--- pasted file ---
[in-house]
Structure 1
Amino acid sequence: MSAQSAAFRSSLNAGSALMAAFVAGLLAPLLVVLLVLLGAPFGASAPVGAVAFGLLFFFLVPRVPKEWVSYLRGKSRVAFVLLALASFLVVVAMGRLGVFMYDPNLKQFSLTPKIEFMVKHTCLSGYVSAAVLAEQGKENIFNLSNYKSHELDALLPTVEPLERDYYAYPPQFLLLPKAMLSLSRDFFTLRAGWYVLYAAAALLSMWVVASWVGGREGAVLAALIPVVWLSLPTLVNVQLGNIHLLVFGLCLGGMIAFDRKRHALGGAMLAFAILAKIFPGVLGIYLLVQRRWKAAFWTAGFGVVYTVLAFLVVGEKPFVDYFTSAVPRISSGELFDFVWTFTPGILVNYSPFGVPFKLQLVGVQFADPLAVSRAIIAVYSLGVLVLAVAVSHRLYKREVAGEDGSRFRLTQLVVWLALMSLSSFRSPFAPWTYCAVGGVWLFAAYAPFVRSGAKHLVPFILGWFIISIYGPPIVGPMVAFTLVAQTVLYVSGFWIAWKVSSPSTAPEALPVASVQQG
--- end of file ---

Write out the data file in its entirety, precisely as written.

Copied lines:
[in-house]
Structure 1
Amino acid sequence: MSAQSAAFRSSLNAGSALMAAFVAGLLAPLLVVLLVLLGAPFGASAPVGAVAFGLLFFFLVPRVPKEWVSYLRGKSRVAFVLLALASFLVVVAMGRLGVFMYDPNLKQFSLTPKIEFMVKHTCLSGYVSAAVLAEQGKENIFNLSNYKSHELDALLPTVEPLERDYYAYPPQFLLLPKAMLSLSRDFFTLRAGWYVLYAAAALLSMWVVASWVGGREGAVLAALIPVVWLSLPTLVNVQLGNIHLLVFGLCLGGMIAFDRKRHALGGAMLAFAILAKIFPGVLGIYLLVQRRWKAAFWTAGFGVVYTVLAFLVVGEKPFVDYFTSAVPRISSGELFDFVWTFTPGILVNYSPFGVPFKLQLVGVQFADPLAVSRAIIAVYSLGVLVLAVAVSHRLYKREVAGEDGSRFRLTQLVVWLALMSLSSFRSPFAPWTYCAVGGVWLFAAYAPFVRSGAKHLVPFILGWFIISIYGPPIVGPMVAFTLVAQTVLYVSGFWIAWKVSSPSTAPEALPVASVQQG